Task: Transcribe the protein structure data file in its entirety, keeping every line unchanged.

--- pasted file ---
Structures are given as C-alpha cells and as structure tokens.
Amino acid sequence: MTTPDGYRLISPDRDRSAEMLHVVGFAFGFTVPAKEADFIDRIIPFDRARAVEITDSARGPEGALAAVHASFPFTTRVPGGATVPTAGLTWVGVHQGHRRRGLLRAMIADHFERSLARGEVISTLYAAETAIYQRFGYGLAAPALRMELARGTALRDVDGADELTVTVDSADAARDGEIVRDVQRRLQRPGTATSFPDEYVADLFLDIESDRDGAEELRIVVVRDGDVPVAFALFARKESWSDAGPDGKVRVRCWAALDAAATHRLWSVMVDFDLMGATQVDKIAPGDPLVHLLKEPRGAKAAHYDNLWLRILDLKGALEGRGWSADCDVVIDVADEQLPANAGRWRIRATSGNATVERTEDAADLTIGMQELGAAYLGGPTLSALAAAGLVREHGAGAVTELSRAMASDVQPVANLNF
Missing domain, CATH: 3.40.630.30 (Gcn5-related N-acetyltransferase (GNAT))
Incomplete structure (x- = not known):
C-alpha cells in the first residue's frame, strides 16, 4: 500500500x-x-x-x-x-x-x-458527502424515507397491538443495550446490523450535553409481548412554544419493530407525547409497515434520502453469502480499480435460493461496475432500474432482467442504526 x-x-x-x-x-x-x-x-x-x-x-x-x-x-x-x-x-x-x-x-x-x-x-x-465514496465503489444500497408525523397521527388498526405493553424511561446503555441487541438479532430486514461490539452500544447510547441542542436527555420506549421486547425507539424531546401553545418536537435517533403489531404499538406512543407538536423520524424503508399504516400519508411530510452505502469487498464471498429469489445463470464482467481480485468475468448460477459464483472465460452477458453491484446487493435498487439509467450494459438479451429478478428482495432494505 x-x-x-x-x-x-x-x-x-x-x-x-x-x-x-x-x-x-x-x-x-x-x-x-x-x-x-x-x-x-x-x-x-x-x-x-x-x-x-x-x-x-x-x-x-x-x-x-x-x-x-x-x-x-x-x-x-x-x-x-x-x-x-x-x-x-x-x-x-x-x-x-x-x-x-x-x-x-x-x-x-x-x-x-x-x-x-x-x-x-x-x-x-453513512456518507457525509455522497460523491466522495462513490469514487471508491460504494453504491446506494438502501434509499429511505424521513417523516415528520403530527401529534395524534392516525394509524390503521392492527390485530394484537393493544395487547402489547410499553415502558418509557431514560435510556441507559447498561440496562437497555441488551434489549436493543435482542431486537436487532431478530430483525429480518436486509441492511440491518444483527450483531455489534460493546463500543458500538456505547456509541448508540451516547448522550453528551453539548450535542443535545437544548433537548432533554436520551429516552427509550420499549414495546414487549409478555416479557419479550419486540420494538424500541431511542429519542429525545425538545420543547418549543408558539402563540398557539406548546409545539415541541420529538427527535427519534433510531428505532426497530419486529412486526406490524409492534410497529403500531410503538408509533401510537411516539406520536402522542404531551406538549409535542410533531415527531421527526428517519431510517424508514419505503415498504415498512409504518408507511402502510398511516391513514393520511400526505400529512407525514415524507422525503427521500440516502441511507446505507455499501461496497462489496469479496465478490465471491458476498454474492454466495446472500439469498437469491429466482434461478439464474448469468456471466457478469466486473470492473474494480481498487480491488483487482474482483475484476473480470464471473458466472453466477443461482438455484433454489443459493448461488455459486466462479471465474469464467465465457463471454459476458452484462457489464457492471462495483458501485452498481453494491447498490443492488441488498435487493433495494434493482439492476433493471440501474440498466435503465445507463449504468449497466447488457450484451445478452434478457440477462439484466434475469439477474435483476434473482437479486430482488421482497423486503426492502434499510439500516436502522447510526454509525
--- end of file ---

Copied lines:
Structures are given as C-alpha cells and as structure tokens.
Amino acid sequence: MTTPDGYRLISPDRDRSAEMLHVVGFAFGFTVPAKEADFIDRIIPFDRARAVEITDSARGPEGALAAVHASFPFTTRVPGGATVPTAGLTWVGVHQGHRRRGLLRAMIADHFERSLARGEVISTLYAAETAIYQRFGYGLAAPALRMELARGTALRDVDGADELTVTVDSADAARDGEIVRDVQRRLQRPGTATSFPDEYVADLFLDIESDRDGAEELRIVVVRDGDVPVAFALFARKESWSDAGPDGKVRVRCWAALDAAATHRLWSVMVDFDLMGATQVDKIAPGDPLVHLLKEPRGAKAAHYDNLWLRILDLKGALEGRGWSADCDVVIDVADEQLPANAGRWRIRATSGNATVERTEDAADLTIGMQELGAAYLGGPTLSALAAAGLVREHGAGAVTELSRAMASDVQPVANLNF
Missing domain, CATH: 3.40.630.30 (Gcn5-related N-acetyltransferase (GNAT))
Incomplete structure (x- = not known):
C-alpha cells in the first residue's frame, strides 16, 4: 500500500x-x-x-x-x-x-x-458527502424515507397491538443495550446490523450535553409481548412554544419493530407525547409497515434520502453469502480499480435460493461496475432500474432482467442504526 x-x-x-x-x-x-x-x-x-x-x-x-x-x-x-x-x-x-x-x-x-x-x-x-465514496465503489444500497408525523397521527388498526405493553424511561446503555441487541438479532430486514461490539452500544447510547441542542436527555420506549421486547425507539424531546401553545418536537435517533403489531404499538406512543407538536423520524424503508399504516400519508411530510452505502469487498464471498429469489445463470464482467481480485468475468448460477459464483472465460452477458453491484446487493435498487439509467450494459438479451429478478428482495432494505 x-x-x-x-x-x-x-x-x-x-x-x-x-x-x-x-x-x-x-x-x-x-x-x-x-x-x-x-x-x-x-x-x-x-x-x-x-x-x-x-x-x-x-x-x-x-x-x-x-x-x-x-x-x-x-x-x-x-x-x-x-x-x-x-x-x-x-x-x-x-x-x-x-x-x-x-x-x-x-x-x-x-x-x-x-x-x-x-x-x-x-x-x-453513512456518507457525509455522497460523491466522495462513490469514487471508491460504494453504491446506494438502501434509499429511505424521513417523516415528520403530527401529534395524534392516525394509524390503521392492527390485530394484537393493544395487547402489547410499553415502558418509557431514560435510556441507559447498561440496562437497555441488551434489549436493543435482542431486537436487532431478530430483525429480518436486509441492511440491518444483527450483531455489534460493546463500543458500538456505547456509541448508540451516547448522550453528551453539548450535542443535545437544548433537548432533554436520551429516552427509550420499549414495546414487549409478555416479557419479550419486540420494538424500541431511542429519542429525545425538545420543547418549543408558539402563540398557539406548546409545539415541541420529538427527535427519534433510531428505532426497530419486529412486526406490524409492534410497529403500531410503538408509533401510537411516539406520536402522542404531551406538549409535542410533531415527531421527526428517519431510517424508514419505503415498504415498512409504518408507511402502510398511516391513514393520511400526505400529512407525514415524507422525503427521500440516502441511507446505507455499501461496497462489496469479496465478490465471491458476498454474492454466495446472500439469498437469491429466482434461478439464474448469468456471466457478469466486473470492473474494480481498487480491488483487482474482483475484476473480470464471473458466472453466477443461482438455484433454489443459493448461488455459486466462479471465474469464467465465457463471454459476458452484462457489464457492471462495483458501485452498481453494491447498490443492488441488498435487493433495494434493482439492476433493471440501474440498466435503465445507463449504468449497466447488457450484451445478452434478457440477462439484466434475469439477474435483476434473482437479486430482488421482497423486503426492502434499510439500516436502522447510526454509525